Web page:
While the Army Chief of Staff, General Ahmed Gaïd Salah, and his senior officers become more insistent that a presidential election will be held on or around 15 December, the peoples revolution — the Hirak — and the opposition parties are showing increased opposition to it.
In his latest speech to the nation — his 31st since the Hirak began on 22 February — Gaïd Salah demonstrated his anger and disdain for the country’s widespread and ongoing popular protests.
As the gap between the army chief and the people widens, it looks as if Acting Head of State Abdelkader Bensalah and Karim Younès, may be trying to seek the middle ground. Younès’ dialogue panel made a number of recommendations that might be acceptable to many people wanting to find a compromise solution to the crisis. Gaïd Salah — who is showing no appetite for either compromise or appeasement — has, however, ruled them all out.
Meanwhile Bensalah has ordered the establishment of an independent electoral body to oversee the elections. While Younès is working on how it might be composed, Justice Minister Belkacem Zeghmati presented two bills to parliament: one to create the independent electoral authority; the other to reform the electoral law.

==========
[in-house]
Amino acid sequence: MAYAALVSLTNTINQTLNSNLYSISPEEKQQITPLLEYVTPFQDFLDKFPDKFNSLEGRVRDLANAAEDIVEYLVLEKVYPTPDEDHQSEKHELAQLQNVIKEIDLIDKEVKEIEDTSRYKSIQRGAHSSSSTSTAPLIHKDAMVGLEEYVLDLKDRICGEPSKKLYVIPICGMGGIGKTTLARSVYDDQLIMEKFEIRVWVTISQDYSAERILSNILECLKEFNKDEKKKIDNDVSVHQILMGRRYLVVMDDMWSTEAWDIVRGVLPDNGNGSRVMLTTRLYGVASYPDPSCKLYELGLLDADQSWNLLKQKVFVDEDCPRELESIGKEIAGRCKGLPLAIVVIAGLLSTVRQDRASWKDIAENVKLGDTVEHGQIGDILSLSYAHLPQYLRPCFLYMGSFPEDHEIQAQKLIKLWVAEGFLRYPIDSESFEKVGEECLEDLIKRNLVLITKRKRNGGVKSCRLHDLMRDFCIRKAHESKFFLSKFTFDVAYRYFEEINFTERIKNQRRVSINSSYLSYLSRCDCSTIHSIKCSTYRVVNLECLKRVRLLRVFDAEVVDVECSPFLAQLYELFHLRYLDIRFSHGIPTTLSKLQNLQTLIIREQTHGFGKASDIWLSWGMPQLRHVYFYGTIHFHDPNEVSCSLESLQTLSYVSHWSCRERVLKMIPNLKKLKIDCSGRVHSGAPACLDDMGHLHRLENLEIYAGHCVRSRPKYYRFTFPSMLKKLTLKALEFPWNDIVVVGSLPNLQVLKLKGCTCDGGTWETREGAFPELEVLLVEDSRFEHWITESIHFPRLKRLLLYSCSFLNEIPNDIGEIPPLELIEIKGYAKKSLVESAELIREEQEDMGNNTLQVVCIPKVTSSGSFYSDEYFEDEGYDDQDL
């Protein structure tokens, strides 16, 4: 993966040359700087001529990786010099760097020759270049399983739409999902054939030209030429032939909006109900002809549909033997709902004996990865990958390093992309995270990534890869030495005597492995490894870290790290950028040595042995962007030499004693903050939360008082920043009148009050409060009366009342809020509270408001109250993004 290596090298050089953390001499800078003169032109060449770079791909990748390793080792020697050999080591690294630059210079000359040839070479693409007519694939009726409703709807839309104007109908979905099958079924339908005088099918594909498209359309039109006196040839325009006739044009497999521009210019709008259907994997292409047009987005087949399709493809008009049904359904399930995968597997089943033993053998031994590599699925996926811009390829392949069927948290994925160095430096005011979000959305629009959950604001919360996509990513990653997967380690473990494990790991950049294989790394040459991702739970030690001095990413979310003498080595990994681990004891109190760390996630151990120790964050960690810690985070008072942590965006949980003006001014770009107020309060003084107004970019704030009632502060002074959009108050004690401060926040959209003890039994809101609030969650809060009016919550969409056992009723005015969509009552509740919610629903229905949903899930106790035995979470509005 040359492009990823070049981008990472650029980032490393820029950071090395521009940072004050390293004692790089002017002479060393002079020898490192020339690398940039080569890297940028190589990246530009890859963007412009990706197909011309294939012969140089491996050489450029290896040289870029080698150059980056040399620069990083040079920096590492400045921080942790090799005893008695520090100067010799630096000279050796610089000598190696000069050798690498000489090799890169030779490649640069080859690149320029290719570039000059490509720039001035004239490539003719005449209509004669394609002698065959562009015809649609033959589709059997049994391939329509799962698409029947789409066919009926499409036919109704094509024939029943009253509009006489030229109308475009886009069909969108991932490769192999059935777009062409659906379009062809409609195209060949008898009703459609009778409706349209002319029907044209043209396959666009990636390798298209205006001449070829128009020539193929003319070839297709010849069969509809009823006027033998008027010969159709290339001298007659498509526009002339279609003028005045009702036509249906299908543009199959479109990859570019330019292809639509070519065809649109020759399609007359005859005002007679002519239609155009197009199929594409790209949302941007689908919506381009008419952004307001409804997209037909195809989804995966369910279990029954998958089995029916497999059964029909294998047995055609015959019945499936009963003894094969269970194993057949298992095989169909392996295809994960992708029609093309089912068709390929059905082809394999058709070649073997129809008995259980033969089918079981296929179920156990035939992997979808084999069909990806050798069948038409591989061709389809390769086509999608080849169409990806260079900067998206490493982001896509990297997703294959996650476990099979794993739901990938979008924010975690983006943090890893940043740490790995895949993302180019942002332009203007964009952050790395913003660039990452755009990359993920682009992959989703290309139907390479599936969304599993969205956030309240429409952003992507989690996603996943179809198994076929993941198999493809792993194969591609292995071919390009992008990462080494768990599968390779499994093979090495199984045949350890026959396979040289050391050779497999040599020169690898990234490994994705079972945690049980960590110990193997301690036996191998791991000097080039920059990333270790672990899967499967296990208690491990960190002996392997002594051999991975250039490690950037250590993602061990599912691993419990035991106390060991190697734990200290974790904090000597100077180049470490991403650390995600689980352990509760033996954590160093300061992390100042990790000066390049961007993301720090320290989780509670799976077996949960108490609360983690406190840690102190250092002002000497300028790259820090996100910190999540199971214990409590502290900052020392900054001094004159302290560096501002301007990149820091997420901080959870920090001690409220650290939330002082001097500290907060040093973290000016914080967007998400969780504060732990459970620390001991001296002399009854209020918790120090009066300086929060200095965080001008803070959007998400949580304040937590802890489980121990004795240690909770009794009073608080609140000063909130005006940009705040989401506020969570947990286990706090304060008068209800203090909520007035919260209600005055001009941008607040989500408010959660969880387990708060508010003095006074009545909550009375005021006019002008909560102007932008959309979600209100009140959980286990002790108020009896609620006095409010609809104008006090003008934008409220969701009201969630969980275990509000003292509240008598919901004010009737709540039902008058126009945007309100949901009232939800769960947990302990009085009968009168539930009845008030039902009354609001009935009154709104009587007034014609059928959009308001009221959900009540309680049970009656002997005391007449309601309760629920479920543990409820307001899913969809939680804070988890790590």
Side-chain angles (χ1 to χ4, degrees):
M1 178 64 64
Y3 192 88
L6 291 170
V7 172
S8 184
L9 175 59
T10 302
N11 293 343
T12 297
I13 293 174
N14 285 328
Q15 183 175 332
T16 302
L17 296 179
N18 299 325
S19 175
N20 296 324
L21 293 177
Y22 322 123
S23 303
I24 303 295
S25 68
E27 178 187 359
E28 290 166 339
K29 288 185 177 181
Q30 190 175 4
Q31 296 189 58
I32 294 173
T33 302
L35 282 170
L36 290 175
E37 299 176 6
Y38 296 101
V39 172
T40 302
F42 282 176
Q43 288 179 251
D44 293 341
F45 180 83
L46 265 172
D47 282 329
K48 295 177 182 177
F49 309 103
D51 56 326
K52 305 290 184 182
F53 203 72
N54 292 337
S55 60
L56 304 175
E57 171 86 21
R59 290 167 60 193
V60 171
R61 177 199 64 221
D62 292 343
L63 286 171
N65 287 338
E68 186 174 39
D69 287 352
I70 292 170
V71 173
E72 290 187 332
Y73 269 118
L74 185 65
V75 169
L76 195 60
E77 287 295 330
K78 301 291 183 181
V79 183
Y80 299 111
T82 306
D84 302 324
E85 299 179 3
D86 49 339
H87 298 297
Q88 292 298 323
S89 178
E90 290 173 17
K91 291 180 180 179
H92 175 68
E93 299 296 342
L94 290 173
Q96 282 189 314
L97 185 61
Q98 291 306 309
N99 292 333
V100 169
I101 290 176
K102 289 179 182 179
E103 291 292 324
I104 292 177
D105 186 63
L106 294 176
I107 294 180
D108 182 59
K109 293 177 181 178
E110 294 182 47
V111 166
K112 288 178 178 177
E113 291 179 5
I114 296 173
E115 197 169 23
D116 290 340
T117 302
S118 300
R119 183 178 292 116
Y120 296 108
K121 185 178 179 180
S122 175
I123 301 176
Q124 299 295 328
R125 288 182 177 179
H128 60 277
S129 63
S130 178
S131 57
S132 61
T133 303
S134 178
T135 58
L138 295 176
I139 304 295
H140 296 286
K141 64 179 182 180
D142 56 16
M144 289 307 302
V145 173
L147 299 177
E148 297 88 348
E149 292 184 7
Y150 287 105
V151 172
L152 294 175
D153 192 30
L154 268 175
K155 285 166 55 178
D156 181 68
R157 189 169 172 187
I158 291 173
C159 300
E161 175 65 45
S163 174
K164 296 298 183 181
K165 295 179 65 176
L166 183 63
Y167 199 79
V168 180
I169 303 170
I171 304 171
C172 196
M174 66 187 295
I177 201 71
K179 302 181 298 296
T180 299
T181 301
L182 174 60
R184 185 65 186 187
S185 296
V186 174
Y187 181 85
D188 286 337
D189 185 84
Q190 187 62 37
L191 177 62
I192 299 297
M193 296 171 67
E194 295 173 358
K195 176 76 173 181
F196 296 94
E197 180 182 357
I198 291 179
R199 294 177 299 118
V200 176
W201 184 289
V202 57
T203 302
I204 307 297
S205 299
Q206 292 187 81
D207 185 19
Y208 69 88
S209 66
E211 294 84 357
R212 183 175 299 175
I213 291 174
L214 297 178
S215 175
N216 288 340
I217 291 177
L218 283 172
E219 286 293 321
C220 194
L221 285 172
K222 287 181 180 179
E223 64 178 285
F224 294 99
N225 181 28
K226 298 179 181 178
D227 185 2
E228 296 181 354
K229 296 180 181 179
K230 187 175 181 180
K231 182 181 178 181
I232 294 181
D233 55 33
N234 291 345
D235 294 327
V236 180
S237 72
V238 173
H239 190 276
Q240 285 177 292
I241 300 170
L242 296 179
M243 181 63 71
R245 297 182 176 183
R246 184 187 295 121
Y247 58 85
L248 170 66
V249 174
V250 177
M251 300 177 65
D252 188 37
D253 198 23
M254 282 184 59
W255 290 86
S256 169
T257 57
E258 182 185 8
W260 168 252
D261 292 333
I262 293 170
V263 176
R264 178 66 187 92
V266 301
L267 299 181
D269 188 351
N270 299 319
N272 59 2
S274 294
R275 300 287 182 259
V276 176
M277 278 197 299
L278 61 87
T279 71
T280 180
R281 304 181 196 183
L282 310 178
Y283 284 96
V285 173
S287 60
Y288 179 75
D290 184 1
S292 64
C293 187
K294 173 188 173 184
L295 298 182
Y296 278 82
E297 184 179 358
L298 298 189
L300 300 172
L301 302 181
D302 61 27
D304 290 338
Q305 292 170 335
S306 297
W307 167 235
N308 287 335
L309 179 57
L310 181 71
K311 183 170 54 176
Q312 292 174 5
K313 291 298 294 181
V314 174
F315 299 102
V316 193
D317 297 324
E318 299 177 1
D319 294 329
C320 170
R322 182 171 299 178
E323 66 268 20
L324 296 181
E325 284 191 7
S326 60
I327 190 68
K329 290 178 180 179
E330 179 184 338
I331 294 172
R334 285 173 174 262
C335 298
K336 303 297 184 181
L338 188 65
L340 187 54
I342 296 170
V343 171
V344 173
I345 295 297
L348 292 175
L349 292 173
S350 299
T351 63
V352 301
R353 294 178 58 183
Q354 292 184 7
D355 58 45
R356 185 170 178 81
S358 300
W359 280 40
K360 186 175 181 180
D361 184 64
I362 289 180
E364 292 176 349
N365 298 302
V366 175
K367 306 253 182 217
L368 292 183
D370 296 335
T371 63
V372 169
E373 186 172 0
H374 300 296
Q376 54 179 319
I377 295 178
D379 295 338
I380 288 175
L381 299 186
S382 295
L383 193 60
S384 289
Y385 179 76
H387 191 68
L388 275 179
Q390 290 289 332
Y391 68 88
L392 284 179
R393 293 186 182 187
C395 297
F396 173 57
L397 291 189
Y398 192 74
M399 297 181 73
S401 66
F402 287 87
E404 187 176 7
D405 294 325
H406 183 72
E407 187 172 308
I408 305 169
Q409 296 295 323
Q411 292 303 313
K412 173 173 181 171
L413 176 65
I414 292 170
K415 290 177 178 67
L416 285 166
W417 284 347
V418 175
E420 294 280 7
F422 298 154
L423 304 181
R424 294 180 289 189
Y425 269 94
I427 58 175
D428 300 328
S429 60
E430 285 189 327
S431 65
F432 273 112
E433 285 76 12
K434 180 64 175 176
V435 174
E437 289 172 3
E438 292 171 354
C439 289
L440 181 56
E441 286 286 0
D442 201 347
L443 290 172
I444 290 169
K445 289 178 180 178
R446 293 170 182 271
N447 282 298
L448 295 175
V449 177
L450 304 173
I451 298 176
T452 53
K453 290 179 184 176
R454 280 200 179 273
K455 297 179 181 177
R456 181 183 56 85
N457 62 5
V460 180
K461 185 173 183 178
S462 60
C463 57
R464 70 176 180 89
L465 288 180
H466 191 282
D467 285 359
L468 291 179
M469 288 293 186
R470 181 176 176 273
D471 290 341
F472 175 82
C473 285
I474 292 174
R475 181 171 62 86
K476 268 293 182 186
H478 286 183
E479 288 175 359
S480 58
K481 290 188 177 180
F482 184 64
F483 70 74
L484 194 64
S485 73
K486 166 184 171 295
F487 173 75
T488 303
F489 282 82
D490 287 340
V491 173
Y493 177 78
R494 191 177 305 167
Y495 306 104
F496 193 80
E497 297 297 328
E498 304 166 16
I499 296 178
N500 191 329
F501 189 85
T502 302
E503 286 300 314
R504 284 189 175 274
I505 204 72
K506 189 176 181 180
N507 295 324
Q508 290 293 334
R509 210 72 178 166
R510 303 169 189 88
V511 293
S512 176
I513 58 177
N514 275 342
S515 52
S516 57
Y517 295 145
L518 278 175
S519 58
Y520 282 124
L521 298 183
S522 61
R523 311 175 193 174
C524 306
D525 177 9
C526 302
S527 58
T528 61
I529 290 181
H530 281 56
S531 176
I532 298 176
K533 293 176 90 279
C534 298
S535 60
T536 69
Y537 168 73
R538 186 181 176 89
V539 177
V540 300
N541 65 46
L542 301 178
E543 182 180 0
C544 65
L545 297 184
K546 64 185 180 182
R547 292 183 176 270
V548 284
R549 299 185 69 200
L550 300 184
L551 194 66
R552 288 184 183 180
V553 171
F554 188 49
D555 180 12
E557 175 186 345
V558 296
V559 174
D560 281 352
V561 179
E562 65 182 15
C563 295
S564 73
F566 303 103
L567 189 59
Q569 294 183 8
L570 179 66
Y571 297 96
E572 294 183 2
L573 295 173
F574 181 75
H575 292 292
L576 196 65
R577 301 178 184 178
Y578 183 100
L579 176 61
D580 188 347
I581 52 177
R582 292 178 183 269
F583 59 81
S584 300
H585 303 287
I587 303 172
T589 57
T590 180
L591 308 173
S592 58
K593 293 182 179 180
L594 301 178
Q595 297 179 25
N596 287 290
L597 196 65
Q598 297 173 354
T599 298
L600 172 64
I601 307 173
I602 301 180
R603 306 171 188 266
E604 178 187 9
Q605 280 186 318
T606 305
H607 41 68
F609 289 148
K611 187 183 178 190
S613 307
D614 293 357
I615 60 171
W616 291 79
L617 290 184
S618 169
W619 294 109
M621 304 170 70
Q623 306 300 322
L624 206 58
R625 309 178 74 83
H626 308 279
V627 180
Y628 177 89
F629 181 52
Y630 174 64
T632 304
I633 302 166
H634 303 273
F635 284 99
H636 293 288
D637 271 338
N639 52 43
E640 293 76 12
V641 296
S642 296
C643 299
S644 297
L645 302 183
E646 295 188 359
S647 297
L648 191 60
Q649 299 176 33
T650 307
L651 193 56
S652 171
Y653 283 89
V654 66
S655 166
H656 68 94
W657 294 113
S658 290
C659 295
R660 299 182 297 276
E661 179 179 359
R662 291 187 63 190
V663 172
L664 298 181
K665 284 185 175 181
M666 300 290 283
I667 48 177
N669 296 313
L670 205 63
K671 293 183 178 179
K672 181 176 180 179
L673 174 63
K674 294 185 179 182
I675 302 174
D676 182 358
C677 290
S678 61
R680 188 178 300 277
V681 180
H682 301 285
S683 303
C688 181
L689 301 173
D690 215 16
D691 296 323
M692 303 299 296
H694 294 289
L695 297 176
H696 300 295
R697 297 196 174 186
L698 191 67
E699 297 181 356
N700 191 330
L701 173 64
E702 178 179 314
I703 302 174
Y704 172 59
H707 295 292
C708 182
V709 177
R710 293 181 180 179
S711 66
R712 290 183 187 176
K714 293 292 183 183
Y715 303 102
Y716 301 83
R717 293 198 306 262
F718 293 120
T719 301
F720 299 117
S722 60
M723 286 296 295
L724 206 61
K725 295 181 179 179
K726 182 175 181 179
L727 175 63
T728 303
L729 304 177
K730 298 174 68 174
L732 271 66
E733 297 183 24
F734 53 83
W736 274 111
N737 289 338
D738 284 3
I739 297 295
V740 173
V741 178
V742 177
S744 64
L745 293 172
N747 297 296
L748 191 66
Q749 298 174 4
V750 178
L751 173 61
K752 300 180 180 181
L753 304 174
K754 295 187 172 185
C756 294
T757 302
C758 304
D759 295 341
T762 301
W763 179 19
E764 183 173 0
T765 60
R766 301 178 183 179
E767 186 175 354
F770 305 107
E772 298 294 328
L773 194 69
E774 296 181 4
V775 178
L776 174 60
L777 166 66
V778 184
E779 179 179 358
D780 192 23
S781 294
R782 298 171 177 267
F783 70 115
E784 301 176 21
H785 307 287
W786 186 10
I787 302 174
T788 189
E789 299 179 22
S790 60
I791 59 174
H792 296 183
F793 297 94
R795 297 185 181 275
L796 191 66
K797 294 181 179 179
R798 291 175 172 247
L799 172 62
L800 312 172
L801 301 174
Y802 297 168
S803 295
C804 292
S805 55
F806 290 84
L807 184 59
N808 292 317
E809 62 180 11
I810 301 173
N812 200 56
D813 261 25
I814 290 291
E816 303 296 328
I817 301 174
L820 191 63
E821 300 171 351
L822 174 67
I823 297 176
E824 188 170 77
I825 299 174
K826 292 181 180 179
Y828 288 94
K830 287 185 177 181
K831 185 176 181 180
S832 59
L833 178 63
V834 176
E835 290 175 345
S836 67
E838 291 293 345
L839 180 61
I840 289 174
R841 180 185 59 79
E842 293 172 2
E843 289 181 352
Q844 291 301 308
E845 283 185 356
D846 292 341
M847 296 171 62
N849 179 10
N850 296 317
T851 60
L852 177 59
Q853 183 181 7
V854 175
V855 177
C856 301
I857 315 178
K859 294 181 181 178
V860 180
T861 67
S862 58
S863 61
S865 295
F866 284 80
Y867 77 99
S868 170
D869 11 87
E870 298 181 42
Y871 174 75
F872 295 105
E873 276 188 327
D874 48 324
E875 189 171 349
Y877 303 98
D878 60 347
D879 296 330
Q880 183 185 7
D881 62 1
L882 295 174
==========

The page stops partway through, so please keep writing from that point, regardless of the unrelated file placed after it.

In spite of the government moving at breakneck speed towards an election, there are major obstacles in the way. Besides the impossibly short time schedule, the Hirak and opposition parties are strongly opposed to it.
This has led several analysts to suggest that the army and government may try and ‘force’ an election. If that happens — which currently appears quite possible — it would be disastrous because it would lead to an illegitimate president, the increased radicalisation of the ‘street’, and a likely intensification of repression and violence from the regime.
Recently there has been a frightening intensification of violence on the part of the state, almost certainly ordered by Gaïd Salah and carried out by state thugs. The security situation also appears more precarious as social anger and unrest escalates across much of the country.
With the government now also having to address next year’s budget, Algeria’s finances suggest that it has very little room for manoeuvre. It will probably have to increase austerity with further cut backs on state expenditures while also having to consider the options of devaluation, printing money, or external borrowing.
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